Exoskeletons and the Possible Future of Manufacturing

Labor level manufacturing can be back breaking work.  The creation and implementation of exoskeletons could be a possible future for manufacturing.  We’ve previously discussed self-driving trucks.  At this point in time the self-driving truck is still a long way off.  That’s because the human equation in driving cannot be separated from trucking.  There are too many skills that cannot be replicated with technology.  The same can be said for workers in manufacturing.

Remember back in the 1980’s when exoskeletons were all over popular movies?  My favorite was Ellen Ripley, played by Sigourney Weaver, in the movie Aliens using the Caterpillar P-5000 Work Loader.  The first thing I thought was, “Wow! Cool!” but then my second thought was, “What worker wouldn’t want one of those?”  With the use of the exoskeleton Ripley was able to move materials that no human could possibly move on their own.  In the grand scheme of things, workers using exoskeletons would pay for themselves in increased productivity and less stress on the worker.

However, Ripley’s Work Loader is fiction, just like the Iron Man suit.  Movies are not inspiring scientists to create exoskeletons, instead the hard-working individual is their inspiration.  According to Dr. Kazerooni at Berkeley “No science-fiction movie gives an accurate definition of what scientists are trying to do.”


What Exoskeletons can do for Businesses and Workers

Hiromicho Fujimoto, president of ActiveLink, has developed an exoskeleton called the Power Effector.  The tech is in essence a power assist for workers.  It helps to relieve much of the physical burden on workers that do heavy lifting.  The Power Effector has “leg frames, backpack weight belts, and power arm prototypes.”  Research has shown that worker overexertion comes to $15 billion a year for employers in worker’s compensation.  Even with tech as expensive as an exoskeleton must be, it’s definitely less than $15 billion a year.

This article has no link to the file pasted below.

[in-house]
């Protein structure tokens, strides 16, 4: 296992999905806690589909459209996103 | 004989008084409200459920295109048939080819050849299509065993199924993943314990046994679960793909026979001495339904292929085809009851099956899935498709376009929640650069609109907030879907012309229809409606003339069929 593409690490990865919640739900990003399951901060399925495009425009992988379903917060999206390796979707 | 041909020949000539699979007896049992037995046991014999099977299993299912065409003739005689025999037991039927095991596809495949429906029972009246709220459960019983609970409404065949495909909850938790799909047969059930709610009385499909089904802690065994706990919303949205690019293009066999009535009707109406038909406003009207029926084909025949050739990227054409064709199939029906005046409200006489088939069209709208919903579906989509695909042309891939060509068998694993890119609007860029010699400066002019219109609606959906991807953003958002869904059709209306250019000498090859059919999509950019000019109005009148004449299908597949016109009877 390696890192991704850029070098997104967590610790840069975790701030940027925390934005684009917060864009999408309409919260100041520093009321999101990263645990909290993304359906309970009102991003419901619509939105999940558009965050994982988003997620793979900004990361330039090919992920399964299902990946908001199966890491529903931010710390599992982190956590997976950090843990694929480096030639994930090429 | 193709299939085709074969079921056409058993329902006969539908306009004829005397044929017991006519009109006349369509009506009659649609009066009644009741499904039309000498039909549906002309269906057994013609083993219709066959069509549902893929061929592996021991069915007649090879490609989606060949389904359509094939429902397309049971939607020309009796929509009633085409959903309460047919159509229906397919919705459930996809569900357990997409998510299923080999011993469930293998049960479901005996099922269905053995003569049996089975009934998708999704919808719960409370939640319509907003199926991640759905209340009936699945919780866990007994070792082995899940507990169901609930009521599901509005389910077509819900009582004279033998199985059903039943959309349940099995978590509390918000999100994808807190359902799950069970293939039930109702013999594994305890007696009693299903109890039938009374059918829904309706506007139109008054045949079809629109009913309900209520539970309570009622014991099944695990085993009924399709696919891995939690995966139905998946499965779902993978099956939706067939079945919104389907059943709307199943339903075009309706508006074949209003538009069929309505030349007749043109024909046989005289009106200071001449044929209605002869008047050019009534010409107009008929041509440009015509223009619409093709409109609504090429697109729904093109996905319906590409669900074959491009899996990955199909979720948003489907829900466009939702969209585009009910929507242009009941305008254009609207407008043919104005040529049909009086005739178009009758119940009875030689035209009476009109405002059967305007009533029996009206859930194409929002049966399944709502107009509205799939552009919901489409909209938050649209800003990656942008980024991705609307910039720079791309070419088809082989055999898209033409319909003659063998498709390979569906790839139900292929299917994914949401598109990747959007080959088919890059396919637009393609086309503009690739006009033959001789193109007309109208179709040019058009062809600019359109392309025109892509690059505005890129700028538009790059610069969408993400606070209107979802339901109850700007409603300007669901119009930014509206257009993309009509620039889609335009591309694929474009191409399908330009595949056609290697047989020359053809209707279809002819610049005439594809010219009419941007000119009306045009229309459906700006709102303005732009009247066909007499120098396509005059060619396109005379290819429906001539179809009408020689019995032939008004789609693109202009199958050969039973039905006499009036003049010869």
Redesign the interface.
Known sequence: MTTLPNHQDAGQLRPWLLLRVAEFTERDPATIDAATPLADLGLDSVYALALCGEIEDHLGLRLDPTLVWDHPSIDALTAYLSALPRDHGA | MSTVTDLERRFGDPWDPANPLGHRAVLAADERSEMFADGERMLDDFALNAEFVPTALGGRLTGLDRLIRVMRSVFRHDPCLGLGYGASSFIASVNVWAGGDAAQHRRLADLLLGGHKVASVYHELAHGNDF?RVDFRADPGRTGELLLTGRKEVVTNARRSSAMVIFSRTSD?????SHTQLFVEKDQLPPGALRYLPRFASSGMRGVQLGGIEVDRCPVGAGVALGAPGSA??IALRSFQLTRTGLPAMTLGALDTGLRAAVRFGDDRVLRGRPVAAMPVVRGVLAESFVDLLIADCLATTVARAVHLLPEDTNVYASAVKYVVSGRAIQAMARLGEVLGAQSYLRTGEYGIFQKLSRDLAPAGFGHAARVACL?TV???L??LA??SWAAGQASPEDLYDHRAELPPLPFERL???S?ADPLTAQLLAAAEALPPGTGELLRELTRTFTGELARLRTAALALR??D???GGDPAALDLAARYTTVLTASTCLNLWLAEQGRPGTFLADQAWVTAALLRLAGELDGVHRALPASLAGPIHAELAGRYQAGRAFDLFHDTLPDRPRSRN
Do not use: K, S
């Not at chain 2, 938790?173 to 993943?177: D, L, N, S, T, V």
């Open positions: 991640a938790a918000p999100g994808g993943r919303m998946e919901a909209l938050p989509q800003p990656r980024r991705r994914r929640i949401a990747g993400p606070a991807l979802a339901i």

It’s not only heavy lifting.  Lifting moderate or light weights repeatedly will cause wear and tear on any person over time.  An exoskeleton can assist in reducing the stress on the body and even helps workers to perform their jobs more safely.  These suits do not make workers stronger, but ease the burden of repetitive motion.  This makes them ideal for manufacturing and factories.


The Potential for Manufacturing

Dr. Kazerooni founded suitX in 2012.  He has worked with the “U.S. Military to help develop the Berkeley Lower Extremity Exoskeleton (BLEEX) and the human Universal Load Carrier (HULC).”  He is now working on exoskeletons for paraplegics and industrial workers.  His new suit called suitX MAX “can decrease stress by about 50% for payloads of 30 or 40 pounds, and about 40% for payloads of as much as 100 pounds.”  Reducing the stress of lifting by 50% could mean increasing work and productivity two-fold.  Not to mention happier workers.

Right now, the amount of exoskeletons used in manufacturing and factories is minuscule.  But, the trend is showing upward motion.  This should not be alarming.  Exoskeletons are not and cannot be a replacement for human workers.  Even though over the past 100 years many dangerous and hazardous manufacturing jobs have been replaced by machines.  The exoskeleton is to help human workers, not replace them.  Tech cannot replace many jobs that require human level skill and decision making.

Dr. Kazerooni predicts practical devices in the next four to five years!  Tech moves fast and when it comes to increasing productivity and safety, companies are more likely to jump on board with new ideas.  Exoskeletons will likely always be very expensive in our lifetimes, but the money it can save is well worth it!


Original source: Industry Week






“Helping our clients get jobs done since 1998.”